Irony at its Finest

Ramie Ruble, Editor-in-Chief

Today is the official kick-off of the holiday season, when radio stations start playing Christmas music 24/7 and everyone sets up their decorations.  It’s the day when a lot of people brave the crowds to get that one perfect item for their holiday shopping, even if it means taking someone else’s eye out to get it.  That’s what America has become.  The day after we give thanks for everything we are blessed with, we run out to get more stuff.

It always strikes me how ironic Black Friday is.  Thanksgiving is a day where we spend time with friends and family and give thanks for all the good things the year has brought, and it is the memories we value, not material items.  The next day we do a complete 180 degree turn and stampede other human beings to gain more material possessions.  Black Friday shoppers are notorious for being rude and cruel to other shoppers and retail workers as they fight over the last 50” flat screen TV.  Because that is what is important in life: the biggest and the best stuff.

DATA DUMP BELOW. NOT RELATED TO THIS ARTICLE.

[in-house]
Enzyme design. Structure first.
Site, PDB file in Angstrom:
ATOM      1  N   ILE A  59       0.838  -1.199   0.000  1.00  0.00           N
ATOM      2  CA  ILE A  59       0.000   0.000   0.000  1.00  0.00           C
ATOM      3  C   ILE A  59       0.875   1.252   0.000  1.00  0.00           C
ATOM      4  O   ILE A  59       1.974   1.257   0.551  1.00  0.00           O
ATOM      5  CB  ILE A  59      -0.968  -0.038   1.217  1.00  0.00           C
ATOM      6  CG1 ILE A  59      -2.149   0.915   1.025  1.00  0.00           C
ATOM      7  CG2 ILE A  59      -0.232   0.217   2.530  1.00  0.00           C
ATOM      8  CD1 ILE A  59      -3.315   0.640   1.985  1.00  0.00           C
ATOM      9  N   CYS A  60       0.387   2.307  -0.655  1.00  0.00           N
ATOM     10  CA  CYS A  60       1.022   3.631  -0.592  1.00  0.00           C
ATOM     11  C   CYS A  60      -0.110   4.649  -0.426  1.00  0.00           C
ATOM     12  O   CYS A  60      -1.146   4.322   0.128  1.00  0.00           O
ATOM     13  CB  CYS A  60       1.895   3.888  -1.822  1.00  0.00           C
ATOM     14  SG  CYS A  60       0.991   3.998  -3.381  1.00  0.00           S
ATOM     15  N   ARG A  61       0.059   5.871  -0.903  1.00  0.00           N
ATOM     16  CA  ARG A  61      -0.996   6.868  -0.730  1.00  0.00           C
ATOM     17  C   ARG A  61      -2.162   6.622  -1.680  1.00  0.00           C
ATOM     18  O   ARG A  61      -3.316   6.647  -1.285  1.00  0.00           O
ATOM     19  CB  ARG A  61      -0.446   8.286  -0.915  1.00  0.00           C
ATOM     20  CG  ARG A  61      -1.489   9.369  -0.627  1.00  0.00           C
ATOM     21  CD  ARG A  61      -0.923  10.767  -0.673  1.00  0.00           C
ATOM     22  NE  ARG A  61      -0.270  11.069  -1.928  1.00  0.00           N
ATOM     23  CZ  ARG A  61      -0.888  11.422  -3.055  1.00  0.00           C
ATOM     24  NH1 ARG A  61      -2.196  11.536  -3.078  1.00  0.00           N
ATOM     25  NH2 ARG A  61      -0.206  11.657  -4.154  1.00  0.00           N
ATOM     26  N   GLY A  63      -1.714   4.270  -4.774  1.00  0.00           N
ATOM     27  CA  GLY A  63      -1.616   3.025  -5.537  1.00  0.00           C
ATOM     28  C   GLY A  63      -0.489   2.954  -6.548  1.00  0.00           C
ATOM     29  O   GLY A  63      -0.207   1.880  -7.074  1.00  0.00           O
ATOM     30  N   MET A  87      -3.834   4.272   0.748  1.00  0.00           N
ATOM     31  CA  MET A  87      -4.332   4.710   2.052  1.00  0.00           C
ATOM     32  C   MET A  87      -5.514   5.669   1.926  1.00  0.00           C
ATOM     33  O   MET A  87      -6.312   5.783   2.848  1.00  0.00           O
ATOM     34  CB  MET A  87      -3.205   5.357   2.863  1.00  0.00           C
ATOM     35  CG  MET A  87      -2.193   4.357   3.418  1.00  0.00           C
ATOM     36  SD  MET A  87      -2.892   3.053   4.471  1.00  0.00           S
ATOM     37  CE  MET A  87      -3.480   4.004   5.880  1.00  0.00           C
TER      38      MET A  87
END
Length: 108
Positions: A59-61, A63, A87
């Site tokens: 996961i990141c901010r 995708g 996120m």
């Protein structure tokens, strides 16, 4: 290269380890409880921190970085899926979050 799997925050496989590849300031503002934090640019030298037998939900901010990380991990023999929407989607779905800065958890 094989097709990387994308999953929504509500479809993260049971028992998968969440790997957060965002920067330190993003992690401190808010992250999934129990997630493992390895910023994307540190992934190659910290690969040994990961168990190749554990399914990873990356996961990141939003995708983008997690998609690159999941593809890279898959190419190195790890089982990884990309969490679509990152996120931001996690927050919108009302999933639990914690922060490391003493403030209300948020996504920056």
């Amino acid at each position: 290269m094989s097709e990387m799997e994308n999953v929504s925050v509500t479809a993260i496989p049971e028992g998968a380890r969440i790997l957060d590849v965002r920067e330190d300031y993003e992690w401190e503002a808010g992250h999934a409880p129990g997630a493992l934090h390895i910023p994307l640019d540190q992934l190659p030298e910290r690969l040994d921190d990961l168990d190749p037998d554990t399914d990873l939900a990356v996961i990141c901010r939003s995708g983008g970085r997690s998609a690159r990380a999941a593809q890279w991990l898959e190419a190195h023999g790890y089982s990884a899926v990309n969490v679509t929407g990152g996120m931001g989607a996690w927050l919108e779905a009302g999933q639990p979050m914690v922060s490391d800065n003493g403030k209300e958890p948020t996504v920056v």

Instead of racing for the last designer purse in stock to give to a family member for the holidays, why can’t we focus on giving heartfelt, meaningful gifts that our loved ones will cherish forever?  Isn’t that what the holidays are really all about?  It’s not what material items you have or want to give others, but the little gifts that just say, “hey, I made this for you because I care enough to make you a gift with my own hands” or “this is to remind you of all the fun times we have had this year and all the memories we have yet to make.”  Not just “here’s a gift card.  Buy what you want.”  Those little gifts always mean the most to me.  Even though it is nice to get a really nice, expensive gift once in a while, what are those really good for?  I like something that I can look at and think of the person who gave it to me, and remember all of the good times we have had.  It doesn’t matter if they spent $5 or $500 on it, because just the fact that they care enough to give a gift says that you really matter to them.

So why is it so important in our culture to have the newest of everything, be it the iPhone or 3D TV or whatever else is the latest and greatest?  Shouldn’t we be more focused on the people we love and care about or giving back to those in need?  Our society has formed these twisted views on what is necessary in life.  Why do we keep blending into the crowd and following the heard?  It’s time we changed what the holidays stand for.  Friends and family will always be more important than material possessions, so why don’t we start acting like it.